Got Books? Don’t Want Them Anymore?

Do you have a ton of books?  Are you sick of them piling up in your office, bedroom, bathroom, attic, and anywhere else you can find to cram them?

Or maybe you want a book but can’t afford one.  And you don’t want to bother with the library and the due dates and the late fees. 

Well, maybe you want to try this website:


You go to the site, find what books are available in your area and find where they are hiding.  Then you go to that place and pick up the book.  Quicker than you can say, “Wherefore art thou Romeo,” you’ve got a free used book!

Or, you can print up a BookCrossing label, drop your book off somewhere and post it on the website.  Then you can check in to see if people have picked it up and where it ends up.

Last I checked, there are 708 books available in Ohio.  There is one book, a Murder She Wrote novel, in Toledo at an Arbys. 

And there is a German book that has traveled to 287 different people!

Sound like fun?  Then let the crossing begin.



Updates, The Smashing Pumpkins and More

Okay, so I have a few updates about previous posts that I need to make.  So here goes.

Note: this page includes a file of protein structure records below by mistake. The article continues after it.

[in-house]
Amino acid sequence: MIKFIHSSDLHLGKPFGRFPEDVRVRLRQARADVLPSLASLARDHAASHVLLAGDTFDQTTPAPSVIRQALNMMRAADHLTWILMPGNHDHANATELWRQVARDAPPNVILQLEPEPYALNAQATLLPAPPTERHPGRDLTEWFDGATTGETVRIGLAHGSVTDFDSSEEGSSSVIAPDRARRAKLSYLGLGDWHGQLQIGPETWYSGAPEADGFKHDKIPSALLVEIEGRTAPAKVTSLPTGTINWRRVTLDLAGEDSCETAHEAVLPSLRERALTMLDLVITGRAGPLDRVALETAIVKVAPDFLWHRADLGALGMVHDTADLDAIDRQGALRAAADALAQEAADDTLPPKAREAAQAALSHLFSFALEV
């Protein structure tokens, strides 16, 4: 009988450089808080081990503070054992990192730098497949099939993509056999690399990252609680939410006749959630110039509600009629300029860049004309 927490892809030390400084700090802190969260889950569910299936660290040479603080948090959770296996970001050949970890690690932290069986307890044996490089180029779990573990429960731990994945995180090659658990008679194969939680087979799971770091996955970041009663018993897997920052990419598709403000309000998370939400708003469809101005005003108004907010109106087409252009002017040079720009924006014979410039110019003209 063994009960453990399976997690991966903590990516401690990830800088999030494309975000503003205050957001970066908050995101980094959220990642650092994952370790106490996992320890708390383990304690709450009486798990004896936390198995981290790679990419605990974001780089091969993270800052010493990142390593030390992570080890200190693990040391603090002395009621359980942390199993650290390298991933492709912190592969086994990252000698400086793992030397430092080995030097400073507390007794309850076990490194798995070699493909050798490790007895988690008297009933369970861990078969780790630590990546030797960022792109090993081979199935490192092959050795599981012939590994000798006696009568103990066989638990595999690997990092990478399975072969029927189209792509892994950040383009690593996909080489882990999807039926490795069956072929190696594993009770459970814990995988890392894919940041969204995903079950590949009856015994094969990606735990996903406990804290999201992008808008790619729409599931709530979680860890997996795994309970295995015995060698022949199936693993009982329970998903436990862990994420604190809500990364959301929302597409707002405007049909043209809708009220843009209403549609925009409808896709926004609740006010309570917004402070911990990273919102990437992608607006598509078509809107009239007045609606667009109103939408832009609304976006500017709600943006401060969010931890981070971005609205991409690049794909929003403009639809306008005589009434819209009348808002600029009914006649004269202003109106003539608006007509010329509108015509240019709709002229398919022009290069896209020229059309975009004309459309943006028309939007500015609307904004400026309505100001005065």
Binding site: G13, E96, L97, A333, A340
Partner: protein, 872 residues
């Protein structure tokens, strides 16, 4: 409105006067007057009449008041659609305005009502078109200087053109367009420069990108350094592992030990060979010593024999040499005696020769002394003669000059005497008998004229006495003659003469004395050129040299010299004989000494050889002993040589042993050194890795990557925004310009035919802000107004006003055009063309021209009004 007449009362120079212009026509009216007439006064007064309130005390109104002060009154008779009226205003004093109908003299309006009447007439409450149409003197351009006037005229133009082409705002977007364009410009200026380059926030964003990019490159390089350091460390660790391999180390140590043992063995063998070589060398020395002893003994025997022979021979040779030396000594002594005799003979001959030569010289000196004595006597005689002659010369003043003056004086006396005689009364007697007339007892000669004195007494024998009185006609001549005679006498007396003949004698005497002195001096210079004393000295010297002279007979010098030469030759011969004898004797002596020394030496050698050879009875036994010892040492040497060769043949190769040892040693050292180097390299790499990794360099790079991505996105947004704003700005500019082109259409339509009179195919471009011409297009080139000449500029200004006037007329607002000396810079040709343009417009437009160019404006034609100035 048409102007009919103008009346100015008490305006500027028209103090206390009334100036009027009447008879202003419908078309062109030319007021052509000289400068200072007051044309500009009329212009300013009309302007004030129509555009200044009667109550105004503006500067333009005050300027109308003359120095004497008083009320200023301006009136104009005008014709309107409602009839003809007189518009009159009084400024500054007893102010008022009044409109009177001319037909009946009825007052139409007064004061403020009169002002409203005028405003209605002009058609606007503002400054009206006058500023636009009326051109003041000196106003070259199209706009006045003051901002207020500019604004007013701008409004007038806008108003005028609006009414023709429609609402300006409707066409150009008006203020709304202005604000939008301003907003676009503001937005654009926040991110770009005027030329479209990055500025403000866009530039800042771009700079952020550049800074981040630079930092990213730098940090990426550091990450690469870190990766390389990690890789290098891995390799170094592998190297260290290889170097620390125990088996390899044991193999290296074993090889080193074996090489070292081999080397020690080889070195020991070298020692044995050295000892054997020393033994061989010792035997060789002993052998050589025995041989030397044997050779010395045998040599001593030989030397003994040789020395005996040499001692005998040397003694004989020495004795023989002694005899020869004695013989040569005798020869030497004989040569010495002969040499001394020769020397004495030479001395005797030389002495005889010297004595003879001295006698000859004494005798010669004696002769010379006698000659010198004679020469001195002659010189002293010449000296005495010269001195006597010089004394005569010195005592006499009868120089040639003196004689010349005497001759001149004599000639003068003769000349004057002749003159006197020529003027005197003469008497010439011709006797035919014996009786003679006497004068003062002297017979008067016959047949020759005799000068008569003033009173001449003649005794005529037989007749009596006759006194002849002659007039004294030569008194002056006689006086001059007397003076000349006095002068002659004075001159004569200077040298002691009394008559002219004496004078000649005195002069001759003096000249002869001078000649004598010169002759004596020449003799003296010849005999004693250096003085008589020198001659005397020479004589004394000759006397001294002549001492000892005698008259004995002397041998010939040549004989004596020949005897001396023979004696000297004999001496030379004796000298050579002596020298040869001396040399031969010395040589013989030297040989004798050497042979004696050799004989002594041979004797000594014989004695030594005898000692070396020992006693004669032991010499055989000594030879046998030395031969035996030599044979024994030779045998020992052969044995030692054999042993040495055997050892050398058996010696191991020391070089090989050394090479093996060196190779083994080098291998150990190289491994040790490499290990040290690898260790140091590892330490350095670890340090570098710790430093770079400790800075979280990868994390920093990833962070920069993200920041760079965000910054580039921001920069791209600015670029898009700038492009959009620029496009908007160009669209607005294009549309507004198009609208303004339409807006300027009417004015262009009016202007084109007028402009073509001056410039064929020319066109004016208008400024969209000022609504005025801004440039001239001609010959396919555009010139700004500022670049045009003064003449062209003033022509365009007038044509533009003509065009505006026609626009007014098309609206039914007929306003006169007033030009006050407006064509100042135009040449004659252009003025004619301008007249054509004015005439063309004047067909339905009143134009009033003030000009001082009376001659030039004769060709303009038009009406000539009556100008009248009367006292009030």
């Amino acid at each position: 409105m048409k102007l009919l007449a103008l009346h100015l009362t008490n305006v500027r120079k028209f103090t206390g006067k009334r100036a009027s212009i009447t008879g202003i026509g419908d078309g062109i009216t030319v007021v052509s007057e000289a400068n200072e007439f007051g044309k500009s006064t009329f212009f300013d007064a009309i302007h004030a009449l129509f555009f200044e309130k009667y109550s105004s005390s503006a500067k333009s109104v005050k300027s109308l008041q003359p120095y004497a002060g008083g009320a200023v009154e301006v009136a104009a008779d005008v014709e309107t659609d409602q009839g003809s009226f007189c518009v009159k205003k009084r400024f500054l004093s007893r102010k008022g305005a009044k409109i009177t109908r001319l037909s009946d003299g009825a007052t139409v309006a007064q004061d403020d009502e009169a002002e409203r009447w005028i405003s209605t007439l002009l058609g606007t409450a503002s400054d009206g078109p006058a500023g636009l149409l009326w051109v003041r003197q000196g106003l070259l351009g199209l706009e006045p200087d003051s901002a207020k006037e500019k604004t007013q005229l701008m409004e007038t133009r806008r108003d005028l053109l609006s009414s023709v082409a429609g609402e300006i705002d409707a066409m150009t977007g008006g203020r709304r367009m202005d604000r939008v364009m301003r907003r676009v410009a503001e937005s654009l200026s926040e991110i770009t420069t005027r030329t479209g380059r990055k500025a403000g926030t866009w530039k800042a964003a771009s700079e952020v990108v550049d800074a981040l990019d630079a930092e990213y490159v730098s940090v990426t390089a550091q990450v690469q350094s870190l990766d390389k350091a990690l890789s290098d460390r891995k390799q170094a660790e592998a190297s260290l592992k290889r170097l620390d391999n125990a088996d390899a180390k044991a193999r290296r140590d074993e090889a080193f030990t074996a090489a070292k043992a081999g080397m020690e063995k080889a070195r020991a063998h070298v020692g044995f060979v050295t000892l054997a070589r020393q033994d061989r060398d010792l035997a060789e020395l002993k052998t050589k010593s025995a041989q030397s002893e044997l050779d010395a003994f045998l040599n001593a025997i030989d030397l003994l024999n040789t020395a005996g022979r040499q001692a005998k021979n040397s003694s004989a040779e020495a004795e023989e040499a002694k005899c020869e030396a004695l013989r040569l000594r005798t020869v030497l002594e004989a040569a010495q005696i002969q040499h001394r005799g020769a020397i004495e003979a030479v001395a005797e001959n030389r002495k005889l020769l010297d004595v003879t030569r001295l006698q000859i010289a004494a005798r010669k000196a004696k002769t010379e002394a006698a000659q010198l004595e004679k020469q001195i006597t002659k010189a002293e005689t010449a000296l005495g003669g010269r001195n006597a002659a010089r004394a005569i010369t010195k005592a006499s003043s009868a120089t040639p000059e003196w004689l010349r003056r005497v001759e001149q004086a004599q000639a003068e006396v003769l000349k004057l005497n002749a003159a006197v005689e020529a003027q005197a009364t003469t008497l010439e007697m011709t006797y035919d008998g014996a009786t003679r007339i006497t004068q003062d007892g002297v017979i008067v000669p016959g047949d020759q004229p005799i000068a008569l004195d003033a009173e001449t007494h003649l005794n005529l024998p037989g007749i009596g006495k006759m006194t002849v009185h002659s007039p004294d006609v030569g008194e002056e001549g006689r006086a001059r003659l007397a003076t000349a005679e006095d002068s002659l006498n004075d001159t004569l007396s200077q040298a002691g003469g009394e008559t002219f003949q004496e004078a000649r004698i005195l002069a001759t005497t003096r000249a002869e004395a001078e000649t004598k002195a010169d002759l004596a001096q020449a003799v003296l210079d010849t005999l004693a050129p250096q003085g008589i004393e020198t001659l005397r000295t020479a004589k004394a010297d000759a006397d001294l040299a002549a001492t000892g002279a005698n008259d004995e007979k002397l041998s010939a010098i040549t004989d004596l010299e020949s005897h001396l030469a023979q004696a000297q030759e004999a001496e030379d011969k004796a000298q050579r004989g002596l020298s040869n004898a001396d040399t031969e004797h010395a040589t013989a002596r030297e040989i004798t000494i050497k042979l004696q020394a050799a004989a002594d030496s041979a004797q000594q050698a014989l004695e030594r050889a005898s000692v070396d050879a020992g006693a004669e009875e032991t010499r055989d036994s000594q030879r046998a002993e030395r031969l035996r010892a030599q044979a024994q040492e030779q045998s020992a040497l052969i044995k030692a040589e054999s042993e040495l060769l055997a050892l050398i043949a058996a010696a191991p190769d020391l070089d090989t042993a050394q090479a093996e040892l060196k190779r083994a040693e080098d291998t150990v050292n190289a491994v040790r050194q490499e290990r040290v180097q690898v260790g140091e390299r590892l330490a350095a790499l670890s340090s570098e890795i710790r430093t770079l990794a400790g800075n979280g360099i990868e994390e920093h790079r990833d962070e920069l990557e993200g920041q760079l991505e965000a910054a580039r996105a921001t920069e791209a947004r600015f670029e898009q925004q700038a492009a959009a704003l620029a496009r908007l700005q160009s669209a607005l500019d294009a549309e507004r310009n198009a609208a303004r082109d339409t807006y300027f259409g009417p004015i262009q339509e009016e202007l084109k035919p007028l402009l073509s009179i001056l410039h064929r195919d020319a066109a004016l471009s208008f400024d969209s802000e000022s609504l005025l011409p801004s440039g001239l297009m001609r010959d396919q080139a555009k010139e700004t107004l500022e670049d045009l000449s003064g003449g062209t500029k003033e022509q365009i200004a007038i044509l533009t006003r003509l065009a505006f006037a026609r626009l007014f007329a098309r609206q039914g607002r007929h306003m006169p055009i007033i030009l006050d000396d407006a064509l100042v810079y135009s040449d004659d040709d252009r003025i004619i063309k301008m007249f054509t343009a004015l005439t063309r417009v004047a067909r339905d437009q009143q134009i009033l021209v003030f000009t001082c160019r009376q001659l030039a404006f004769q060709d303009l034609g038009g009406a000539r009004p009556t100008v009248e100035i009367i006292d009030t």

“Good News, Part Two”

As expected, Judge Hanson’s ruling didn’t last very long.  A stay on the ruling was issued less than 24 hours after Hanson made his decision.  In between the ruling and the stay, 27 same sex couples filed applications for marriage but only one made it to the courthouse.  Read all about it:

Iowa Gay Marriage Applications Halted

“Grand Rapids Literary Review Issue Two is Now Available”

I don’t know what is going on with the web site for The Grand Rapids Literary Review, except that the site is down.  I have emailed the editors in hopes of finding out.  If the site is down permanently and the journal no longer exists, then I don’t know what that means regarding the poems that were published there.  I still have the interview in my email, so at the least I will post that here.  The poems, if I am allowed, will likely have to be resubmitted elsewhere if the site is down.  I may be overreacting though and it may be resolved soon, in which case I will post another update.  My apologies to anyone who has been trying to find the poems and the interview.

“Bring Anthony Bourdain to Toledo”

The Toledo Blade has an article in today’s paper about a project in Columbus that is similar to the Live/ Work/ Create project that Toledo artists and Mayor Finkbeiner recently announced.  Check it out: